Pacific Leaders Sign on to Australian Internet Cabling Scheme, Shutting out China

By Reuters
July 12, 2018 Updated: July 12, 2018

SYDNEY—Pacific nations Papua New Guinea and the Solomon Islands have signed on to a joint undersea internet cable project, funded mostly by Australia, that forestalls plans by Chinese telecoms giant Huawei to lay the links itself.

The pact signed on July 11 comes as China pushes for influence in a region Australia views as its backyard, amid souring ties after Prime Minister Malcolm Turnbull accused Beijing of meddling in the country’s affairs last year.

Australia will pay two-thirds of the project cost, totaling A$136.6 million ($100 million), under the deal, signed during a visit to Brisbane by Solomon Islands Prime Minister Rick Houenipwela and Papua New Guinea Prime Minister Peter O’Neill.

“We spend billions of dollars a year on foreign aid and this is a very practical way of investing in the future economic growth of our neighbors in the Pacific,” Turnbull told reporters about the deal.

The project, for which Australian telecom firm Vocus Group is building the cable, will link the two nations to the Australian mainland, besides connecting the Solomons capital Honiara with the archipelago’s outer islands.

For years, Western intelligence agencies have worried over Huawei’s ties to the Chinese regime and the possibility that its equipment could be used for espionage.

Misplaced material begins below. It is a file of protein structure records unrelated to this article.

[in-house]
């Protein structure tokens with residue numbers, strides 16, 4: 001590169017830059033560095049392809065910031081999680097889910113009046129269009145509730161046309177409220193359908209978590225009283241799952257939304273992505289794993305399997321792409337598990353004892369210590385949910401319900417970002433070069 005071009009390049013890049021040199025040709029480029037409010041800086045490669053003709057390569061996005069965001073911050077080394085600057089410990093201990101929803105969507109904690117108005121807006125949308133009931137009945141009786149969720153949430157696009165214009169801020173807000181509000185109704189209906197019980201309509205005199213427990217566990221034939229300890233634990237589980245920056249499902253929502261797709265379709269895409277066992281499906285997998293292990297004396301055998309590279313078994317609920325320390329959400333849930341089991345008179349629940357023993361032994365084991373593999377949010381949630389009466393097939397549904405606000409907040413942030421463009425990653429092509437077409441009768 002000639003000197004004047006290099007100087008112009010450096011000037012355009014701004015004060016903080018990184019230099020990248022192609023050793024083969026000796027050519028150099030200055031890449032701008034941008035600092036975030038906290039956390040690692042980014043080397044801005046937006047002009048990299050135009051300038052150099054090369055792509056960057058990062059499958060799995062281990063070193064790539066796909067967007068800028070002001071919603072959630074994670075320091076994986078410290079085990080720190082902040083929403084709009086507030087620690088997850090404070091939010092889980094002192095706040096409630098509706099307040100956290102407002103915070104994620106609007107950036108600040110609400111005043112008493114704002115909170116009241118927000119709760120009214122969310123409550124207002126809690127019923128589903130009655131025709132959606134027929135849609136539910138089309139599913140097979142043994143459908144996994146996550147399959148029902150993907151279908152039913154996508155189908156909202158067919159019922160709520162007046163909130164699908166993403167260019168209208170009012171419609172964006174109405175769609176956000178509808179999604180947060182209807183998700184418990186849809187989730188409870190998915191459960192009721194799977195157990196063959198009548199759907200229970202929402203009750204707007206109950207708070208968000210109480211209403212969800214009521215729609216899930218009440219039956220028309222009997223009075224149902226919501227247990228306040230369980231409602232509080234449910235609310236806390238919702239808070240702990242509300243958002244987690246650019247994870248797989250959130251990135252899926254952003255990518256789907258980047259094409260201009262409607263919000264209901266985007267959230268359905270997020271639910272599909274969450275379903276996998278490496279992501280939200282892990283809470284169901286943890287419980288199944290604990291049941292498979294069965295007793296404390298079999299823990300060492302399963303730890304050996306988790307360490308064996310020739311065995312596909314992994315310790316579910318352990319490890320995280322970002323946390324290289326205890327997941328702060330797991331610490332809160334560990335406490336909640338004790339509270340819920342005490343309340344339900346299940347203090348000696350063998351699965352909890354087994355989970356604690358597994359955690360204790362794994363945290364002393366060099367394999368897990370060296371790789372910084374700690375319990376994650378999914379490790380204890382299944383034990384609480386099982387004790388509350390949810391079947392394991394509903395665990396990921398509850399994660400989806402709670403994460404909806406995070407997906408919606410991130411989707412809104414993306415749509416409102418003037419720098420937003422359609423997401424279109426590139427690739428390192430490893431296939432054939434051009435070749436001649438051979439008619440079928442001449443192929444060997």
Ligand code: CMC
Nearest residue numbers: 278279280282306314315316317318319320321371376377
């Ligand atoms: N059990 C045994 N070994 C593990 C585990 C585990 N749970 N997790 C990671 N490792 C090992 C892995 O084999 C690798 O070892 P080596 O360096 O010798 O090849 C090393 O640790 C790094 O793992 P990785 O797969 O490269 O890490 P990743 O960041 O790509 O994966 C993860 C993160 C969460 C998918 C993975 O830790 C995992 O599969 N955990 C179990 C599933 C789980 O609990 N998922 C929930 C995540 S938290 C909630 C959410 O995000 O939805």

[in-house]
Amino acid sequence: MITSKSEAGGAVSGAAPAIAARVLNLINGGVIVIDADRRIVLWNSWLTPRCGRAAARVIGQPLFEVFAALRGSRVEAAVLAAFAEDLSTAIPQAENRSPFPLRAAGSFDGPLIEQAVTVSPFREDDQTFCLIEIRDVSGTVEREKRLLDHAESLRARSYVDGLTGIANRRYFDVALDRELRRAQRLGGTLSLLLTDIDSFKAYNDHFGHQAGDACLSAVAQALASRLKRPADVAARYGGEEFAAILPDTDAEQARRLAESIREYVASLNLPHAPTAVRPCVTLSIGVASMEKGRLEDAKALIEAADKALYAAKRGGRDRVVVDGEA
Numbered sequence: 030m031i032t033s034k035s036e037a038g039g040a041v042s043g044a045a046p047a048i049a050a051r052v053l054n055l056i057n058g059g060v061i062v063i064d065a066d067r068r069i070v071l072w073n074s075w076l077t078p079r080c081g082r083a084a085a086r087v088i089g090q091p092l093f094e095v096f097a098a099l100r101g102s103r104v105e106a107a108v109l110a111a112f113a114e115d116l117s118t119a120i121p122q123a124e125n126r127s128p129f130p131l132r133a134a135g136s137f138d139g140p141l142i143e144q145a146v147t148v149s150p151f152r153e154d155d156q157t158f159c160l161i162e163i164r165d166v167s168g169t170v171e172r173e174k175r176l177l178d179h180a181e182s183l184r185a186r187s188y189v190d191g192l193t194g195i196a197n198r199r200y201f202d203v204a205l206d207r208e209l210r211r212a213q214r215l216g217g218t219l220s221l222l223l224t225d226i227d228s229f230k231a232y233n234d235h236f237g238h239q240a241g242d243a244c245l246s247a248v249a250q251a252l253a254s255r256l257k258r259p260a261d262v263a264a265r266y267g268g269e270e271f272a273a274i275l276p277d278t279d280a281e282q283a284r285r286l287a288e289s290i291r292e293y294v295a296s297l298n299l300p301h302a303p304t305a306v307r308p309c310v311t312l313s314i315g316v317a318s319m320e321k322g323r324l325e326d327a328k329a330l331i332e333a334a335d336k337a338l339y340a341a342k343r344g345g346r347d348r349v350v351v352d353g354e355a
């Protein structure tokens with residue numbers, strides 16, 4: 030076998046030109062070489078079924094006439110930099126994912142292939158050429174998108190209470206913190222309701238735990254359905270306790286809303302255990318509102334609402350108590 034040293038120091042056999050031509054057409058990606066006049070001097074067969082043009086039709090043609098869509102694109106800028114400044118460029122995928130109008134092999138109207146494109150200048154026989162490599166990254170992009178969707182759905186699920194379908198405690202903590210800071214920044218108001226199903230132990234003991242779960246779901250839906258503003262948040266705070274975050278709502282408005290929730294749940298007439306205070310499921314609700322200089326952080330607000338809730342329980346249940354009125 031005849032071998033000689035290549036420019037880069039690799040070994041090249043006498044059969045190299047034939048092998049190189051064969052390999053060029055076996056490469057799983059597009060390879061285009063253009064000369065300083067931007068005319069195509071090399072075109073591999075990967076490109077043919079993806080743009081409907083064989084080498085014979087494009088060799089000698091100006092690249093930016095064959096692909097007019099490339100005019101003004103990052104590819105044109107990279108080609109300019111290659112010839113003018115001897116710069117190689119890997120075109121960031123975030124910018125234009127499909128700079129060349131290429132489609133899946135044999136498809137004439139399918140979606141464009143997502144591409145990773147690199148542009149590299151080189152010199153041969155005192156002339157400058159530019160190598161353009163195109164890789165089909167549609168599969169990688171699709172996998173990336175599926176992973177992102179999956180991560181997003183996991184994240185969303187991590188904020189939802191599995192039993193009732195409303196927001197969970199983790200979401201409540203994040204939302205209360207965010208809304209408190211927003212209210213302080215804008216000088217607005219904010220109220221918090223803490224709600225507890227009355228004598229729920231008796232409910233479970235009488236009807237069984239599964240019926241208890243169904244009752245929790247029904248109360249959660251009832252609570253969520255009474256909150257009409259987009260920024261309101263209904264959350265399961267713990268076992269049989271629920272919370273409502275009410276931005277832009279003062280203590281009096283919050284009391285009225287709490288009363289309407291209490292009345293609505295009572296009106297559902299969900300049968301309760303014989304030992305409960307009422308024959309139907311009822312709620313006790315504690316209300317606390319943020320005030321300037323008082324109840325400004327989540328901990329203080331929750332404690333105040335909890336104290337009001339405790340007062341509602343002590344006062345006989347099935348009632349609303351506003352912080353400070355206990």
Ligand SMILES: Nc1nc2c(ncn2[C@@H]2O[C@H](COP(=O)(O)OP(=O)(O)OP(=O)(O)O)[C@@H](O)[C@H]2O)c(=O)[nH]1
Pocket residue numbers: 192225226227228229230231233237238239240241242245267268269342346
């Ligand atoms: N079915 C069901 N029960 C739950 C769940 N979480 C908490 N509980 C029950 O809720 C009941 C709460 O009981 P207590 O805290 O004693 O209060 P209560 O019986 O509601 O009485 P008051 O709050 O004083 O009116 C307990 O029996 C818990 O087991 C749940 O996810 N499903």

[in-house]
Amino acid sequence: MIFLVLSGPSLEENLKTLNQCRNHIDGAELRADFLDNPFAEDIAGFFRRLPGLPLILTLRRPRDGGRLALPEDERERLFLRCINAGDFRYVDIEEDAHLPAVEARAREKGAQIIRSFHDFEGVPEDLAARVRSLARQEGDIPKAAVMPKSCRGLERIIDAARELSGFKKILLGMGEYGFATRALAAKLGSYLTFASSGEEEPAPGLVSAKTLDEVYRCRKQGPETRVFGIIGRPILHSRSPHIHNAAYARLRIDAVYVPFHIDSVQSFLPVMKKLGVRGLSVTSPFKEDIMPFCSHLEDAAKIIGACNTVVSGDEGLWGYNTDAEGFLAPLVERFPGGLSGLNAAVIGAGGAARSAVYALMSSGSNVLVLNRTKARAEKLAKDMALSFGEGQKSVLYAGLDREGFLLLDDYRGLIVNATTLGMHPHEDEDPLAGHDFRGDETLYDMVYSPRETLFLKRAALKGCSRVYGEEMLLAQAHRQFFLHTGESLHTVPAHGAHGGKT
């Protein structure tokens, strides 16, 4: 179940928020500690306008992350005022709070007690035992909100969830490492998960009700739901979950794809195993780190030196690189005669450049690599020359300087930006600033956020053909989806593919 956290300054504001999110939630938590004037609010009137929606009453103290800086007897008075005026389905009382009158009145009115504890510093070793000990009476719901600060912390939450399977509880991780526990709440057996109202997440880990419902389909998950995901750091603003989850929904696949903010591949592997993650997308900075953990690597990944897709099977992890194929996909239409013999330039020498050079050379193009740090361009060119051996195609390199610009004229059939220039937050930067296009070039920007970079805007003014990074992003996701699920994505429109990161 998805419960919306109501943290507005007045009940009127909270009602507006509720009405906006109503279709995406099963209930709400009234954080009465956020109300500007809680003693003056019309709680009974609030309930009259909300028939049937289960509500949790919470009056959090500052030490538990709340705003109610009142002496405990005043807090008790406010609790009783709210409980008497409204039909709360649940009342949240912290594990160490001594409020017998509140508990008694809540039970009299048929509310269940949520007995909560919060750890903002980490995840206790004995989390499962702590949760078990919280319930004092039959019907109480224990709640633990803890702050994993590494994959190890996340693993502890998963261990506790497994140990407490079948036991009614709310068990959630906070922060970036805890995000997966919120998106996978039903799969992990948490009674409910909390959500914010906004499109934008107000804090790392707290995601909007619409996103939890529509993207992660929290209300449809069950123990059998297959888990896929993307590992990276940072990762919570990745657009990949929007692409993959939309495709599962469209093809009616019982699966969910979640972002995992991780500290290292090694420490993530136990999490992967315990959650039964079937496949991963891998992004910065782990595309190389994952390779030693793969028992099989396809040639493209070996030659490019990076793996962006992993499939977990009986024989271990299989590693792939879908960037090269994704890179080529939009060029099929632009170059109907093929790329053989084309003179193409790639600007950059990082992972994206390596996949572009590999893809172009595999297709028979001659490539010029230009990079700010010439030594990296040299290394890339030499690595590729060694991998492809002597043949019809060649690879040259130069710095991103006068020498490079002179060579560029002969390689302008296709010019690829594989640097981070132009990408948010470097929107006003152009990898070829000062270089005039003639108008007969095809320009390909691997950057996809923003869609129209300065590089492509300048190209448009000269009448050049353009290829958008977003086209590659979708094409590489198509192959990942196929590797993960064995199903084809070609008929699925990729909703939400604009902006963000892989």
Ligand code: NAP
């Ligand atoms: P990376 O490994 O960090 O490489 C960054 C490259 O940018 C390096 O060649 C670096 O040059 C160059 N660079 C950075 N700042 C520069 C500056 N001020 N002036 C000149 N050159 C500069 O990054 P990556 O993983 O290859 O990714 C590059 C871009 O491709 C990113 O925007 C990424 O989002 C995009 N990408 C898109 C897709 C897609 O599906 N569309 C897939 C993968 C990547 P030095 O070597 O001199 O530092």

Huawei has already been mostly shut out of the giant U.S. market over national security concerns. Its business serving small, rural telecoms operators is now at risk after U.S. lawmakers raised concerns during a Congressional hearing in June.

Australia, which is poised to ban Huawei from its domestic 5G mobile network on the advice of its intelligence services, has similarly scrapped a Huawei offer for cabling to the Solomons over national security risks.

The country’s 5G service will require a dense network of towers that would then be leased to local mobile providers such as telecoms firm Telstra.

Australia’s intelligence agencies fear that if mobile operators rely on Huawei’s equipment, the Chinese company could develop a means of collecting data or even undermine the stability of the network. Chinese law requires organizations and citizens to support, assist, and cooperate with Beijing’s intelligence work if asked.

By Tom Westbrook and Colin Packham.